June 8…"A nice morning, but a brassy glare gets us worried. By 1130 we have rain and
the wind picks up. With a third reef in the main and the genoa rolled back to a number
three, we are making seven to eight knots. The boat is awash with breaking seas and spray
keeps flying over the boat. My gourmet meal suffers as cutting and cooking have become
a lethal exercise."
June 23…"The wind is still very strong and veering to the north. We are unable to
maintain course and are 15 miles off the rhumb line. At 0930 the wind has picked up to
more than 40 knots and the seas are 25 to 30 feet high. We decide to pack it in and take
all sails down. With the wheel locked, the boat drifts at about two knots but the motion is
very smooth. For the first time we have no waves breaking over our bow. We overhear two
freighters on the VHF and find out that we are in the centre of a storm in [with a pressure
of] 1,000 millibars. Still, after six hours of well-deserved sleep, the next morning looks
These are two log entries from the Alberg 37, Rabaska (an aboriginal name meaning
war canoe), from Hank Borsboom\'s passage to Bermuda in June 1993. In his seventh
season with Rabaska, Borsboom chose the Alberg for its reputation as an ocean passage-
maker. "Every year I add some more equipment," said Borsboom in his thick Dutch accent.
"To date I have added mast steps, furling gear, a windlass with three anchors and lots of
rode, plus a new GPS, life raft and EPIRB for our Bermuda trip. Other upgrades include a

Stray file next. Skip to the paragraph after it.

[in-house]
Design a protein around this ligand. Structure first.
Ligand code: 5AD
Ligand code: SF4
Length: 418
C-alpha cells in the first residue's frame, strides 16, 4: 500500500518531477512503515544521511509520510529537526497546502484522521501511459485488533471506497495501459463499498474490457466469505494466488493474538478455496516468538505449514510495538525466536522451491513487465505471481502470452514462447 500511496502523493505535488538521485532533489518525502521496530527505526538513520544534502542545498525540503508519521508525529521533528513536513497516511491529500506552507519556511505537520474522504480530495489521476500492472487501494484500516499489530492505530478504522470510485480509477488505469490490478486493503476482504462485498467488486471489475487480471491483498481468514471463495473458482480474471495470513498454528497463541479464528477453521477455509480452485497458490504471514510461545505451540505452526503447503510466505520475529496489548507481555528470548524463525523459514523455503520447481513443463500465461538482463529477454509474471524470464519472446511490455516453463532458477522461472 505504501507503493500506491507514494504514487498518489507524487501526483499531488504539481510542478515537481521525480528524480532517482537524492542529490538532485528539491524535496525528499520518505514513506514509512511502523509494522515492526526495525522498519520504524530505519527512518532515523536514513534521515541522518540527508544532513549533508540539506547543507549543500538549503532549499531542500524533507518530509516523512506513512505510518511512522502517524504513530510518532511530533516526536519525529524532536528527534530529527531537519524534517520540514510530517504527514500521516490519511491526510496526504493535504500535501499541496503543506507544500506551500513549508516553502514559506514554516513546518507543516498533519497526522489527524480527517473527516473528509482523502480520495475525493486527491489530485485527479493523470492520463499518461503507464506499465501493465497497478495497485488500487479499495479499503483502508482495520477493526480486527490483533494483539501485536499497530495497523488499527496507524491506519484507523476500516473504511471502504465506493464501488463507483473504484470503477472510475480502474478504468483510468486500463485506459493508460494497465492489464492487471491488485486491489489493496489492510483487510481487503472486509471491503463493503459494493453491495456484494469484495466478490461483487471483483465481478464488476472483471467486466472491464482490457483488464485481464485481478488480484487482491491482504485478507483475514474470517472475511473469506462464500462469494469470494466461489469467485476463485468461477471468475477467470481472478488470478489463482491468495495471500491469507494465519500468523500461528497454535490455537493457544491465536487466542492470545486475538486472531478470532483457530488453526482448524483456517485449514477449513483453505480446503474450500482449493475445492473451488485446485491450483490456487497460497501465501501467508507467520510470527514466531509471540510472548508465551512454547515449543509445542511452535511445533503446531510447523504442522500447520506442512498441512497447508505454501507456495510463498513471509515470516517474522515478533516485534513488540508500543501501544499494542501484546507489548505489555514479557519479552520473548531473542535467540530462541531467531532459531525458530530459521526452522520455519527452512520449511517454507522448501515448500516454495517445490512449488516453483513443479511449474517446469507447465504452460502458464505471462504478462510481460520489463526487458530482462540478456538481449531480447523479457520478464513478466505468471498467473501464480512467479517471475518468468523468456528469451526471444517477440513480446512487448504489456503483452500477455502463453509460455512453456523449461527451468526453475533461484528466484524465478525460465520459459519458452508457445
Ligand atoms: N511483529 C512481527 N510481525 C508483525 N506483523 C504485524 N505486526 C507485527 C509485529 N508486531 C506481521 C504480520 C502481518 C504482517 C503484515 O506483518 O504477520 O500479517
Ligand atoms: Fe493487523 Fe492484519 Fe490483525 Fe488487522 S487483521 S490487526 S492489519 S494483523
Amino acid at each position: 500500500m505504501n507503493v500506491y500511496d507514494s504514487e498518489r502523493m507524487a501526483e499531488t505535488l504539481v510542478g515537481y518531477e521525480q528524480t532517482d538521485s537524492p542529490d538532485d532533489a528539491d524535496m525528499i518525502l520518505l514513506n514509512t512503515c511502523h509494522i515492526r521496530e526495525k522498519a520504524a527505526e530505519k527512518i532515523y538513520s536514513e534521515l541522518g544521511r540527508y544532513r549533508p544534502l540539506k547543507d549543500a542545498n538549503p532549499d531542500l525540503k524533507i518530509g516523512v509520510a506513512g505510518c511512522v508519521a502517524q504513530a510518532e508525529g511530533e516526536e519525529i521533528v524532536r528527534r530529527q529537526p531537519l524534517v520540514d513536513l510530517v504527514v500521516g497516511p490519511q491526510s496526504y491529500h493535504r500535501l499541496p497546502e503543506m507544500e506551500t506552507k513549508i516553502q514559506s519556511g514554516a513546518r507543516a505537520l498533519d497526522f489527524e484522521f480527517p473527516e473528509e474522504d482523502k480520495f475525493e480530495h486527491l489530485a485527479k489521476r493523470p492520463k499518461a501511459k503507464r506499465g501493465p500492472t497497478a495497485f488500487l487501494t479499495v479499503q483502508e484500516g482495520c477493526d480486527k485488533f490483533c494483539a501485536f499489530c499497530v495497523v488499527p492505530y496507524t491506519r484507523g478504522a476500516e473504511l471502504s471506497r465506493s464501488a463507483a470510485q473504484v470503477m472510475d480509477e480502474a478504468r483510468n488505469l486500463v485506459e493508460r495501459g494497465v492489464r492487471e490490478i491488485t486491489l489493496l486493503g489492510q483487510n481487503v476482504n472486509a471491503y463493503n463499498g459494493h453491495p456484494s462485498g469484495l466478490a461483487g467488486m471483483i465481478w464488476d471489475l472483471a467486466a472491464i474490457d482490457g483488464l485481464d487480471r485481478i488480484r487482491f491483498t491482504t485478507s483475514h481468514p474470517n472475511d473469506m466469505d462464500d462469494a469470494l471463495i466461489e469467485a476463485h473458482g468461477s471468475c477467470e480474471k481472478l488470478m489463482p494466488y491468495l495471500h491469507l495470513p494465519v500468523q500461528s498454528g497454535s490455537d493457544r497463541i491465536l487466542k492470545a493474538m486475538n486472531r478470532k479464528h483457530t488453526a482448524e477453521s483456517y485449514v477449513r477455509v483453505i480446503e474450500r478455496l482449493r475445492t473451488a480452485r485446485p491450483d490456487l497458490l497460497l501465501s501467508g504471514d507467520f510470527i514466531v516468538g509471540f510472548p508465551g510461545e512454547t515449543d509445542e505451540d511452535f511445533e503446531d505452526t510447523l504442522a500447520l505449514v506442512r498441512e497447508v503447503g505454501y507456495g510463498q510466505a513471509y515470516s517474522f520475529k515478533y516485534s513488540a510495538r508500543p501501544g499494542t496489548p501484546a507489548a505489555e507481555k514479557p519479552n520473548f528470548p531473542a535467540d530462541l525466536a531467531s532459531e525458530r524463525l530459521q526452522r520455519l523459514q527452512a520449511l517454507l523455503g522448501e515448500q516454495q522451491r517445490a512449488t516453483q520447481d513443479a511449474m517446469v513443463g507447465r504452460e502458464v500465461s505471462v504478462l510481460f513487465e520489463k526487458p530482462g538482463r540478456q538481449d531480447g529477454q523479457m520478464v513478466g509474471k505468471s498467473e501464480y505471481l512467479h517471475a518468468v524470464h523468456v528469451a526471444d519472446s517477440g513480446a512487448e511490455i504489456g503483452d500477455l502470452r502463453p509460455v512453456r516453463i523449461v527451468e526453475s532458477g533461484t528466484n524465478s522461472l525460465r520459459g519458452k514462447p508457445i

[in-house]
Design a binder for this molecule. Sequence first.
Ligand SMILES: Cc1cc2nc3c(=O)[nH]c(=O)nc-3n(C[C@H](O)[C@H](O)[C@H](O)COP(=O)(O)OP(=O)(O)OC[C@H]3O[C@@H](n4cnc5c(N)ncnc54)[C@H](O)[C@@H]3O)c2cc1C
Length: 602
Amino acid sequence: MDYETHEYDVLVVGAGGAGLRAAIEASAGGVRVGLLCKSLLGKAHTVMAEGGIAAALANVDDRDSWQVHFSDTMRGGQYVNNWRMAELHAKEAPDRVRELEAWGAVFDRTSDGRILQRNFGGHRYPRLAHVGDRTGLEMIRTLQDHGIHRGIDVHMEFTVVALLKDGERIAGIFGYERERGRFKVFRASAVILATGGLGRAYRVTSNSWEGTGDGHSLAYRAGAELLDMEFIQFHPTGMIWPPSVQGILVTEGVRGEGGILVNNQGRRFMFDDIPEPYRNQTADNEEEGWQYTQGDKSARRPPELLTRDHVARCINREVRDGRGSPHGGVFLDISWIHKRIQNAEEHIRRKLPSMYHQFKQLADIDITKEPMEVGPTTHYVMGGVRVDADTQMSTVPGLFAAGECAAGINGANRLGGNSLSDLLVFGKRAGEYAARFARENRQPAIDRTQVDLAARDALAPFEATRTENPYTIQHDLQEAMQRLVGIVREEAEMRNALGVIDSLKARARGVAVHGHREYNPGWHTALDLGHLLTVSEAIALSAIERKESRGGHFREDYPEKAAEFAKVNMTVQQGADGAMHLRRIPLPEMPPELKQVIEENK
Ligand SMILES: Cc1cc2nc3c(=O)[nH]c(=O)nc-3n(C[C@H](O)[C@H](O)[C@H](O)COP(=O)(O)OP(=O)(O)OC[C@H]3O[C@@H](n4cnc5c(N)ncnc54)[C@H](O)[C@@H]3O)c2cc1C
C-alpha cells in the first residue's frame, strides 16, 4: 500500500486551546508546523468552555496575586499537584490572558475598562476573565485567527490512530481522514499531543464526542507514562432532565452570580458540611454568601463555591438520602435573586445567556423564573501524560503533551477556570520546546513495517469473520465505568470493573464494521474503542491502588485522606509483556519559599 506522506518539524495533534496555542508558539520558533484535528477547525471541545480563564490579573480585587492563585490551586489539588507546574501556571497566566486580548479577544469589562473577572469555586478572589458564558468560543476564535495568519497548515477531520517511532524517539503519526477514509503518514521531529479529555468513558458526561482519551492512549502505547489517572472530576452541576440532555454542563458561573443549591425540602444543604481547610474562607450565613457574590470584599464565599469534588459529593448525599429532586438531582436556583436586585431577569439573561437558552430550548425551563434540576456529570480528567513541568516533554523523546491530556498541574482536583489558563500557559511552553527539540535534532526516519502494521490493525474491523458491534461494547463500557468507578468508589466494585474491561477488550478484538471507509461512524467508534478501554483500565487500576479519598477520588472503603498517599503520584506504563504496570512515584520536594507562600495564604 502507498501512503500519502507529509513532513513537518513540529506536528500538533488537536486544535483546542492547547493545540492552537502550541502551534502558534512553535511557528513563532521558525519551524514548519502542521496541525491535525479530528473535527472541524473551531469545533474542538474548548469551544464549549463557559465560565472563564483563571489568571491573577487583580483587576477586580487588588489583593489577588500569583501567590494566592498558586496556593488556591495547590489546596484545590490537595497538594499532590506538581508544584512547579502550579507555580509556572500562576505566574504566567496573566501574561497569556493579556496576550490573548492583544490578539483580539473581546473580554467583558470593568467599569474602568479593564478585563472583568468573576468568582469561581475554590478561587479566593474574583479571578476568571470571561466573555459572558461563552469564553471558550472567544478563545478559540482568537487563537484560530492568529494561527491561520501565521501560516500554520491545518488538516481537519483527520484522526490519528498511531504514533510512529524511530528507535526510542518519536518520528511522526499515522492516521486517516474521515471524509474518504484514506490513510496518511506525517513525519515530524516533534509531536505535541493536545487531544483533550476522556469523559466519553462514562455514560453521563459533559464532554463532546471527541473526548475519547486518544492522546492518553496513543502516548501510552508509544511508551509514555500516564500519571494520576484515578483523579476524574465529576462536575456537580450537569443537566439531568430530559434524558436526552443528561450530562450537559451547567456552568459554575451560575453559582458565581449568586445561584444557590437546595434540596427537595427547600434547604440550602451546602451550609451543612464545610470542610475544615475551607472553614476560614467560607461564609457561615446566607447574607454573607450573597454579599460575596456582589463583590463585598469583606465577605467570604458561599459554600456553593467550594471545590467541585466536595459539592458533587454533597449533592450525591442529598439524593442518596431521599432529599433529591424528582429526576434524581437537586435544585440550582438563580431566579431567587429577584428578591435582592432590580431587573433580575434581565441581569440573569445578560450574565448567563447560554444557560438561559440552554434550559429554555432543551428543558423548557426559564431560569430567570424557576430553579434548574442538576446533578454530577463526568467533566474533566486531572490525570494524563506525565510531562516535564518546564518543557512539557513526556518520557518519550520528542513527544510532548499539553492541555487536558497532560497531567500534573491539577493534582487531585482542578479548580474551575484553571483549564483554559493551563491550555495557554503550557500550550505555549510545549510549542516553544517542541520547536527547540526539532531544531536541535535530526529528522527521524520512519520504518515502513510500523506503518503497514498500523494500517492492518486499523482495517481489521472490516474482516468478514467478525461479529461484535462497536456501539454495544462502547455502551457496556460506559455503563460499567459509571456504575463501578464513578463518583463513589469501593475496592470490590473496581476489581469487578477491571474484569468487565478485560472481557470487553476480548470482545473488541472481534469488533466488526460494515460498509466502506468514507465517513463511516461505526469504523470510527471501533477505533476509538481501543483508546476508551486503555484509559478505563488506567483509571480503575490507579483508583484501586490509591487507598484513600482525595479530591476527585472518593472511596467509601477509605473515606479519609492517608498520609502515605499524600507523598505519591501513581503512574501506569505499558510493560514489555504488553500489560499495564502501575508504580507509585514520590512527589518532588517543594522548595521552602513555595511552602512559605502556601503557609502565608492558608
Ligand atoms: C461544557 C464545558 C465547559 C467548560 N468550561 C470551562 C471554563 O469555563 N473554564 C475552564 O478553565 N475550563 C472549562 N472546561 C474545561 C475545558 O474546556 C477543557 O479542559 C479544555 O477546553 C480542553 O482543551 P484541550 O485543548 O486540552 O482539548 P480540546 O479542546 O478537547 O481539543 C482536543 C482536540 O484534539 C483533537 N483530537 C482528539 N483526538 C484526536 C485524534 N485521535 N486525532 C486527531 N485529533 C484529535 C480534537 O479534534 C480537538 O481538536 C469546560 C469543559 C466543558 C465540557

high-output alternator, 500 amp hours of domestic battery capacity, improved wiring, and
new panels, circuit breakers and battery-monitoring equipment. My next project is a new
refrigeration unit in an upgraded icebox."
The Alberg 37 was designed by Swedish-born Carl Alberg (1900-1986) for Kurt
Hansen's Whitby Boat Works. In total, 248 of these boats were built between 1967 and
1988 – the MKI model from 1967 to 1971 and the MKII until the late-'80s.
With long overhangs and a pleasing sheer, the 37 is an unmistakably classic design.
Although first built as a racer/cruiser, the Alberg is now known as a traditional cruiser
with medium-heavy displacement performance. During the early '70s the AL37 was
actively raced in SORC and other offshore events, but today is only occasionally seen out
PHRF club racing.
Below the waterline the forefoot is cut away at the forward end of a relatively short
keel. The large, raked rudder is attached directly to the keel. Low topsides, a long and
narrow cockpit and a well-proportioned coach-house are other distinct features of the
I recently spoke to Doug Stephenson, a former sales agent for Whitby Boat Works
from 1981 until the factory closed in 1988. Now a broker at Bay Harbour Yachts in
Midland, Ontario, Stephenson described the differences between the MKI and MKII. "On
the Mark II the toe rail was changed from wood to fibreglass. Hansen also incorporated a
dodger splashguard into the deck mould. The port lights were also elongated and fewer
opened. But the largest change, from a construction point of view, was the addition of a
moulded floor support and liner to replace the wood that was there in the MKI. This made
the boat more durable and also decreased production time."
Other modifications to
the MKII included a more efficient use of interior space, allowing for a larger head and
galley, as well as longer berths.
SAILING A 37 ALBERG
During the '70s the Alberg was considered a boat-show "dream-boat" by Canadian
sailors in the boat market. At the time, the yawl rig (see line drawing) was especially
coveted for its graceful silhouette. A good part of the 37's strong reputation comes from
its strengths as an ocean-crossing vessel. I know of one circumnavigation made by Mike
Phelps of Florida, but there are bound to be others who have logged the trip as well. Mike
completed his seven-year global tour on hull #42, built in 1968.
A March '82 article in a U.S. sailing magazine speaks of how the Fowle family sailed
their Alberg 37, Arion, from Massachusetts to Ireland, weathering the famed Fastnet gale.